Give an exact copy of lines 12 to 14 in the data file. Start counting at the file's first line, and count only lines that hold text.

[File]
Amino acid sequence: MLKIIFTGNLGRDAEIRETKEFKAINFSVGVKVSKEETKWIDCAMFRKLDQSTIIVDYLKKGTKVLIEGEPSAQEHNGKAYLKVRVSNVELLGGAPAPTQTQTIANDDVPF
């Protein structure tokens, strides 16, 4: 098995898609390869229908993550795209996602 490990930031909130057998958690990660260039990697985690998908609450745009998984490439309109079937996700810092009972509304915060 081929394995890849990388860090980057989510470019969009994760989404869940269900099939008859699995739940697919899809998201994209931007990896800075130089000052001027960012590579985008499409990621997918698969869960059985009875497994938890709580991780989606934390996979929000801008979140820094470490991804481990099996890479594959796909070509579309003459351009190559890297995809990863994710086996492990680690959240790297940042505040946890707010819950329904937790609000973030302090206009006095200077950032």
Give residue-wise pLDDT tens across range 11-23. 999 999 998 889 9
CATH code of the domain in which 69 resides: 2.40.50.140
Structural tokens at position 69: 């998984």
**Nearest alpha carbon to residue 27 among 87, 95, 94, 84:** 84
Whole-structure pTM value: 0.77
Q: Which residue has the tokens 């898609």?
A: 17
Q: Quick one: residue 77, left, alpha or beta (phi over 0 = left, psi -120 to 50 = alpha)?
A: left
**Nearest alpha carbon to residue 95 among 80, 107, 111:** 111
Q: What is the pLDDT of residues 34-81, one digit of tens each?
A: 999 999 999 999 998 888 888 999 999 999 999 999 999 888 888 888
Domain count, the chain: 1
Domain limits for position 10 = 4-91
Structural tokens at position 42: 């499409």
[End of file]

**Nearest alpha carbon to residue 95 among 80, 107, 111:** 111
Q: What is the pLDDT of residues 34-81, one digit of tens each?
A: 999 999 999 999 998 888 888 999 999 999 999 999 999 888 888 888